(Charity Concert: “Somebody Needs You”)…or what happens when your entire concert falls apart the night before.
For the past four months or so I have been working with a volunteer on a concert/comedy show as a fundraiser for the NGO I work with here, CASMED. As I’ve mentioned before, here, CASMED provides medical and social services to elderly people in need.
I will fast forward past the four months of meetings with sponsors, performers, Primaria (Mayor’s Office) folk and skip ahead to the day before the concert. The day before the concert, I spent the morning working with our accountant to prepare forms for all the youth who would be returning their pre-sale tickets.
Side Note: As part of the marketing strategy for this concert, I contacted 12 of the most reliable students I know in Balti and asked them to help sell tickets. I gave each 10, or more if they requested them and then asked them to sell as many as they could to their friends before the event. I figured that this would help get the word out about the event, ensure sales and make the day of sales run smoother.
The volunteer who I had been working with planning the concert texted me to let me know there was a problem with the University teams. Then she refused to answer my calls or texts, leaving me in a state of alarm. When she finally came into the office around 2p, she told me that of the promised four teams from the University, three had decided not to participate. As she was sitting there with me, our headlining group, Broadway, a ‘professional’ comedy team from Balti, called to say they would not be attending.
Earlier in the day, when I had first received the text about there being a problem with University groups, immediately texted a friend of mine, Igor, who happens to be part of a comedy team here and asked him when he was done with classes. I met him immediately after class and asked him if his team could perform the next day and if he could ask the other two Russian, high school comedy teams to perform as well. When I explained the dire situation he jumped into action and got together three teams, only short of the promised four.
But now, we not only were without groups to compete, but also without a host! Quickly we scrambled to find a host, calling people we know, brainstorming, until my co-worker Anna’ sister suggested a particularly funny friend of hers. He arrived at the office about an hour later and by then we had already recruited a female co-host.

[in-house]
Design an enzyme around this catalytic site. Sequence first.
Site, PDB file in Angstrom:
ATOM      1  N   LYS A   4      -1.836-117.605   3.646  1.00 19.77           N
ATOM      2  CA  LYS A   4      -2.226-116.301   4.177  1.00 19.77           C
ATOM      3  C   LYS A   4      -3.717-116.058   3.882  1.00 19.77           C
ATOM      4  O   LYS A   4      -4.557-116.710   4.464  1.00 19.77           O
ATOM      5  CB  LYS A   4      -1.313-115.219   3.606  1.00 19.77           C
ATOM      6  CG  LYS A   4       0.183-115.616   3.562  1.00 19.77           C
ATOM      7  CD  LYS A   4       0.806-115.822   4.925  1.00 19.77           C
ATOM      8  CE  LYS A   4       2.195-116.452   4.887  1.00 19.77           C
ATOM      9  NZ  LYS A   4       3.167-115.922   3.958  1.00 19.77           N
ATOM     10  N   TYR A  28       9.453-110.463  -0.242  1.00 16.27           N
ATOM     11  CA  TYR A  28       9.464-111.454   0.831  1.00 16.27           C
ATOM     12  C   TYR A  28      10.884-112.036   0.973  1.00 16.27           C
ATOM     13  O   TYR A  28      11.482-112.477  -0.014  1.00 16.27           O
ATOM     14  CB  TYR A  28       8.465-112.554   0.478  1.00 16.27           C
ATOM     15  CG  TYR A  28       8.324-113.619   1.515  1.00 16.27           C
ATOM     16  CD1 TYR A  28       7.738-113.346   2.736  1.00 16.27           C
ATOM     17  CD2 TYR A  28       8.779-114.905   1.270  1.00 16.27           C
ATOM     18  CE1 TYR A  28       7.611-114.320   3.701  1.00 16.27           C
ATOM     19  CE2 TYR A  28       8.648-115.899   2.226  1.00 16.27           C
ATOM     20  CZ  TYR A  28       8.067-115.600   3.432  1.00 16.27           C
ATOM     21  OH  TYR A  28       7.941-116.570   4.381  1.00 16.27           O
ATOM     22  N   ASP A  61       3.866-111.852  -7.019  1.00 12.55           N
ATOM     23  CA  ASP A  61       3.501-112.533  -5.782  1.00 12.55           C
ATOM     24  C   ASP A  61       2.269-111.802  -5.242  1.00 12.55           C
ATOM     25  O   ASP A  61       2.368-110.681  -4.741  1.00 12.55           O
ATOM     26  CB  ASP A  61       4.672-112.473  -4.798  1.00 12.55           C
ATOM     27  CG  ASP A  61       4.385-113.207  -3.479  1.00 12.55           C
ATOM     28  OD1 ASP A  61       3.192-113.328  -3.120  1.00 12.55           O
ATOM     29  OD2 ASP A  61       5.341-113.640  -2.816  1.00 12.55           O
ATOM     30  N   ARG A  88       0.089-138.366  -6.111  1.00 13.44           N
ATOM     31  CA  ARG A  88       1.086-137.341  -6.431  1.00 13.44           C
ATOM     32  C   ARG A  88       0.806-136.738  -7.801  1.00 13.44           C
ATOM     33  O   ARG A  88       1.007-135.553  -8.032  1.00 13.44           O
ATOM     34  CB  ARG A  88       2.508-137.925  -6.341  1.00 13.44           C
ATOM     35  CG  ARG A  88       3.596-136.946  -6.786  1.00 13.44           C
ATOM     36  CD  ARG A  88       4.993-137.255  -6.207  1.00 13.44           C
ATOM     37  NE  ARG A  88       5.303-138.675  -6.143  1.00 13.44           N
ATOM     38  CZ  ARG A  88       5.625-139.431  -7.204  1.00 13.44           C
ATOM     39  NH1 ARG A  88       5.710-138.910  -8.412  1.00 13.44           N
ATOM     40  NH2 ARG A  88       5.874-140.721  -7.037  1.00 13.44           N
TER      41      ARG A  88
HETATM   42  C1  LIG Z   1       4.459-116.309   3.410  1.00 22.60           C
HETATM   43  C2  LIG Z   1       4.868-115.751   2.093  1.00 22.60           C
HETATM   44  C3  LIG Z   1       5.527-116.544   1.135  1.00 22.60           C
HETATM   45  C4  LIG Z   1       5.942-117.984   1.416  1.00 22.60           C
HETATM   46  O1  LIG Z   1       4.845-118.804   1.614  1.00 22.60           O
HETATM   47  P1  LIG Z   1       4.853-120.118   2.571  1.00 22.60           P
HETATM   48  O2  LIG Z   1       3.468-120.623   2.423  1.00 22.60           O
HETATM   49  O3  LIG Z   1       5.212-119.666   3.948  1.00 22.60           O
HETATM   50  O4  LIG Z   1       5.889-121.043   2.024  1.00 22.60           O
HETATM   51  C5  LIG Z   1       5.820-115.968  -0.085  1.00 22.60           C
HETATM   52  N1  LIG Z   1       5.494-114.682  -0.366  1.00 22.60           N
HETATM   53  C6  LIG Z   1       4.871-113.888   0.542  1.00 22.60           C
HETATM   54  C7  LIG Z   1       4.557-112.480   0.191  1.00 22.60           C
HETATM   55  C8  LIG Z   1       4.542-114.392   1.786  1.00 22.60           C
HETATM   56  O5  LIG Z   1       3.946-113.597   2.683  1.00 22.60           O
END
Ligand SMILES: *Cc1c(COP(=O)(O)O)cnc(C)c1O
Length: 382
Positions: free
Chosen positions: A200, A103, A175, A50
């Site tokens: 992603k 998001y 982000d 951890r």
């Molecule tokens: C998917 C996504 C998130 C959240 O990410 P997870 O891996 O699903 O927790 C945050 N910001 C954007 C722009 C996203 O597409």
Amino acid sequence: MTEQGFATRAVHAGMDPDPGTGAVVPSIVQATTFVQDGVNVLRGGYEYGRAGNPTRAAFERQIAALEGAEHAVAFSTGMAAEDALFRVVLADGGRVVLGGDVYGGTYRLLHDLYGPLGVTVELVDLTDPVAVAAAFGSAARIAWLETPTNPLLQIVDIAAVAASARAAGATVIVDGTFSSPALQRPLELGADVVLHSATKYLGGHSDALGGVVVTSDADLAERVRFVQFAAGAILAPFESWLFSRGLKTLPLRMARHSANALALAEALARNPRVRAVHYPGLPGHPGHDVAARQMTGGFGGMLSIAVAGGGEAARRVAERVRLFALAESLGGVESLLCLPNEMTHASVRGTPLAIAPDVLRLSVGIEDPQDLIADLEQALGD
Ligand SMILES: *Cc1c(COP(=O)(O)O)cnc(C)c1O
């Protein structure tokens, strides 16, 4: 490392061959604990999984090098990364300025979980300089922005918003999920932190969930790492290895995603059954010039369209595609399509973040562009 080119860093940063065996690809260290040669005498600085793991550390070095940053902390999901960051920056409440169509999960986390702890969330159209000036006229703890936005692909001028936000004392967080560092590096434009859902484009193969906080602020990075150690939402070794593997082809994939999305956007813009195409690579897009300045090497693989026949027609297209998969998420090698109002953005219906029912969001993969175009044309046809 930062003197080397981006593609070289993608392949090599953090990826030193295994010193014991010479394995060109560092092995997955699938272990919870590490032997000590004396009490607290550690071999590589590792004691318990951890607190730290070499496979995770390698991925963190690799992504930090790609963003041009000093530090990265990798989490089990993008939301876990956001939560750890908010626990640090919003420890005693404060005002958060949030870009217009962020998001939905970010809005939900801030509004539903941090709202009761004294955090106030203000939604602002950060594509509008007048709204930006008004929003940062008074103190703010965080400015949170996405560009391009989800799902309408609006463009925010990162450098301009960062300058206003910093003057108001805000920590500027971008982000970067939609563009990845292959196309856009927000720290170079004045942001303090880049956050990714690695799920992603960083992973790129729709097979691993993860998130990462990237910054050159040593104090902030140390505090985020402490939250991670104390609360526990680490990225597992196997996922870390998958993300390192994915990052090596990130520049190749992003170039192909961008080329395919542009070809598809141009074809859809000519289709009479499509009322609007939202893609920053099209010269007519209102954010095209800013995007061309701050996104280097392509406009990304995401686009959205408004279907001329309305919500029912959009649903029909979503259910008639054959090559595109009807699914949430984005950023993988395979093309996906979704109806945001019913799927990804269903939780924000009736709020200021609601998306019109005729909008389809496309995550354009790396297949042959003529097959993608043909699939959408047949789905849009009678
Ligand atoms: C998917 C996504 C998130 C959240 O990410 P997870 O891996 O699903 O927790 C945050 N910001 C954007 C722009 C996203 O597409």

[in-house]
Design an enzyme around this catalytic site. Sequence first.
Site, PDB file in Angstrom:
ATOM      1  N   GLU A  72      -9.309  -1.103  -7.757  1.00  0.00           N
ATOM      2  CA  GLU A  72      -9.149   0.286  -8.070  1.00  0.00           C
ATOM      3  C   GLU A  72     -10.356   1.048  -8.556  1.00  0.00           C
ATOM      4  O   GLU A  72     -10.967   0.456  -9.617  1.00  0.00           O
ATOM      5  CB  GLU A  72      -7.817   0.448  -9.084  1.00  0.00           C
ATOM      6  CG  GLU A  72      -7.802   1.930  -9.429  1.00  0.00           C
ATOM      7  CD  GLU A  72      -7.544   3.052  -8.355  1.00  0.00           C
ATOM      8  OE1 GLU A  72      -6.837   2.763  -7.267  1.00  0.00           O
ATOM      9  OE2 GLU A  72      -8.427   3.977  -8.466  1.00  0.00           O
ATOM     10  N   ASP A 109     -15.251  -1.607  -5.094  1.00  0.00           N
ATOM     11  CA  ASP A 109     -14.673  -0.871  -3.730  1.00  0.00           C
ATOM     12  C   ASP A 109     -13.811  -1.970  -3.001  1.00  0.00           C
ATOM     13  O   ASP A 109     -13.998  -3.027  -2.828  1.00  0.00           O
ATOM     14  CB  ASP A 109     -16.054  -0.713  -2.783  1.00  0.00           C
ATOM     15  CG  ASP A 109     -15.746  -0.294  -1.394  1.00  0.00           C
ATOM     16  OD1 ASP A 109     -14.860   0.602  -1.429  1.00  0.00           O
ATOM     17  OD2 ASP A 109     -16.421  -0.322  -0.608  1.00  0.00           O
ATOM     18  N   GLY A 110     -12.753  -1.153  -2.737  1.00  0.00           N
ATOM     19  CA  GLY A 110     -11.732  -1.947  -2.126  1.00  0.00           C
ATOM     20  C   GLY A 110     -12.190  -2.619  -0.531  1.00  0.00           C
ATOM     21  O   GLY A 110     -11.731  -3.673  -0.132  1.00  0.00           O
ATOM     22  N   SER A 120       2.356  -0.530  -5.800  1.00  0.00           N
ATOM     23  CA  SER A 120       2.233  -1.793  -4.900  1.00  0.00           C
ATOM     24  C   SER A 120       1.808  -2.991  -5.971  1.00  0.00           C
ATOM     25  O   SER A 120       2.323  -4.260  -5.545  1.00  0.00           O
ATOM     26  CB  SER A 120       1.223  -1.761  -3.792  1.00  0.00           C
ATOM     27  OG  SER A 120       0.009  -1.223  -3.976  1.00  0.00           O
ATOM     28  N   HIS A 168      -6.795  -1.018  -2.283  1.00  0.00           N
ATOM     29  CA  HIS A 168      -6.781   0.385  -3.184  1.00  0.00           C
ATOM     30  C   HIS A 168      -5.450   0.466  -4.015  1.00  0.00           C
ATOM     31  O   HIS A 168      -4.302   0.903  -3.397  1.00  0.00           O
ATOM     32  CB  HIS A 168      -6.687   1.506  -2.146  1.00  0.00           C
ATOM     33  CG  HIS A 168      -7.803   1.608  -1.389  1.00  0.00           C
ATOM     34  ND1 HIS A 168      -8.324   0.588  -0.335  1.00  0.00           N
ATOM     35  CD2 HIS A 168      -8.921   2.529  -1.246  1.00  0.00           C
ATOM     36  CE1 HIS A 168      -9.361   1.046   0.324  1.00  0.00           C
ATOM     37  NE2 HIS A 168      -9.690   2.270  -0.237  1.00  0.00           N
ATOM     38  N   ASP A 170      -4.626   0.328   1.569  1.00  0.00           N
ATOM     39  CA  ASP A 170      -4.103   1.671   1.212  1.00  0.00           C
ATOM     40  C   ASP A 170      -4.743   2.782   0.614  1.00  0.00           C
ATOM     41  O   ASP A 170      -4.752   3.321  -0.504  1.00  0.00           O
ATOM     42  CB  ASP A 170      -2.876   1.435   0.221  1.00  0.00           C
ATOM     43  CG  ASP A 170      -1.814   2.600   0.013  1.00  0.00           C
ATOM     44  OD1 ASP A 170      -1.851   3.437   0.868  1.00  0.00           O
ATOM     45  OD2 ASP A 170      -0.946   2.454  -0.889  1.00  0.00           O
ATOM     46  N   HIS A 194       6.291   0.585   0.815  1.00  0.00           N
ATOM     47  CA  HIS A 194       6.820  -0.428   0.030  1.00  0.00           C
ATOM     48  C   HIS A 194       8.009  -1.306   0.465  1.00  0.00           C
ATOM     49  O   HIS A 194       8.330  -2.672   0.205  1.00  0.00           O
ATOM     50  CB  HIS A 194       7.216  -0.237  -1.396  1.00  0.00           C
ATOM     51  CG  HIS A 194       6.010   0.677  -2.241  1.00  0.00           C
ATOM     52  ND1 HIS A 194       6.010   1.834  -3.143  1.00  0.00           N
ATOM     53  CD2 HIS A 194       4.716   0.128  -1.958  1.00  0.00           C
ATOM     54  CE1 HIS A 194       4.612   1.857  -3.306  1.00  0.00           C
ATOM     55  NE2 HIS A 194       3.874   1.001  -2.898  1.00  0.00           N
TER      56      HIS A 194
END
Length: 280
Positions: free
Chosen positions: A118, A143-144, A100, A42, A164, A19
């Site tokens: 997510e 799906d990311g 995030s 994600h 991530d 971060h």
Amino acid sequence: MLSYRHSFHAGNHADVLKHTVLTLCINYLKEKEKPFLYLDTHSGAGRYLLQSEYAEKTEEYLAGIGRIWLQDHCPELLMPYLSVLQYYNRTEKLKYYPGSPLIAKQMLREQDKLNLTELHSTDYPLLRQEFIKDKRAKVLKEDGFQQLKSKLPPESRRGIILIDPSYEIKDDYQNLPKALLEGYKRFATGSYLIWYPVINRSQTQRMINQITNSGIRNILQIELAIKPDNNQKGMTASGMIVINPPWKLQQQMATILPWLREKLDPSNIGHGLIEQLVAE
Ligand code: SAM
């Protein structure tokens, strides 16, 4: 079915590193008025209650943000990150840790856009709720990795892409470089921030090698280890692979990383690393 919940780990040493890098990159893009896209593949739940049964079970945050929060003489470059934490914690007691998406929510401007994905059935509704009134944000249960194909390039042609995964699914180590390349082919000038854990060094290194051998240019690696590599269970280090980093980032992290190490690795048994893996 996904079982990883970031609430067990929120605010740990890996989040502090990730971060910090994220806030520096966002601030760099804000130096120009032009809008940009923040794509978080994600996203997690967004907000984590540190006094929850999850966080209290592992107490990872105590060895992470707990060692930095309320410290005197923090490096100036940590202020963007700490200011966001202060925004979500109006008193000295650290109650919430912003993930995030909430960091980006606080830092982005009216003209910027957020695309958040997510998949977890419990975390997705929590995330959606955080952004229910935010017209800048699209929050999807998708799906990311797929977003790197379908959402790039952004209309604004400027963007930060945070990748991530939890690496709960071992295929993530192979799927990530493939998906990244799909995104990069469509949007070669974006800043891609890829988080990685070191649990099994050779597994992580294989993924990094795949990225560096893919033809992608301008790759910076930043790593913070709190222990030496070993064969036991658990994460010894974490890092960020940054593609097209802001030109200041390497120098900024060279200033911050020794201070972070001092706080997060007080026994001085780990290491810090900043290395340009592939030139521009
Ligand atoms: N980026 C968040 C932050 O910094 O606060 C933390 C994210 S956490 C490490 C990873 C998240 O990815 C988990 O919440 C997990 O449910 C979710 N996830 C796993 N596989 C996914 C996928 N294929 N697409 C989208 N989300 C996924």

The evening before the concert, we were at the office until almost 11p working on the script, securing other acts, (since now we knew that the acts we had previously believed secure, were likely less than so) and putting together another comedy group to host the show. My co-worker Anna’s sister got a team together to host and they spent all day Friday rehearsing.
The day of the concert was a blur, starting with meetings at the Primaria (Mayor’s office) to ensure the attendance of someone from the 3rd floor (important people) of the Primaria. To rushing around preparing last minute things, until 3p when I headed over to the venue to meet teams, speak to the Director of the venue, ensure sound checks, ticket takers and all the other necessary things.
From 3p until 6:30p (30 minutes after the concert started) was a blur of running around and work, but after about 7p, I got to sit down and enjoy (what I could understand of) the concert.
Looking back there were a lot of lessons learned – from other effective marketing techniques, to which youth are actually reliable, to day of staffing needs, to signing a contract with a larger or ‘professional’ group, to making sure to keep control and check in on all aspects of a volunteer or partner organized event. Overall the night was a success we raised a decent amount of money and promoted CASMED in the community – however I sure hope this was the first and last time I help plan and organize performances for a concert the night before.
Friday evening after the concert, I met my co-worker Anna out at a local club, to celebrate pulling off the event and as a farewell to my good friend Chanel, who will be ending her Peace Corps Service early and heading back to San Fransisco to take a job as an Account Representative with Yelp!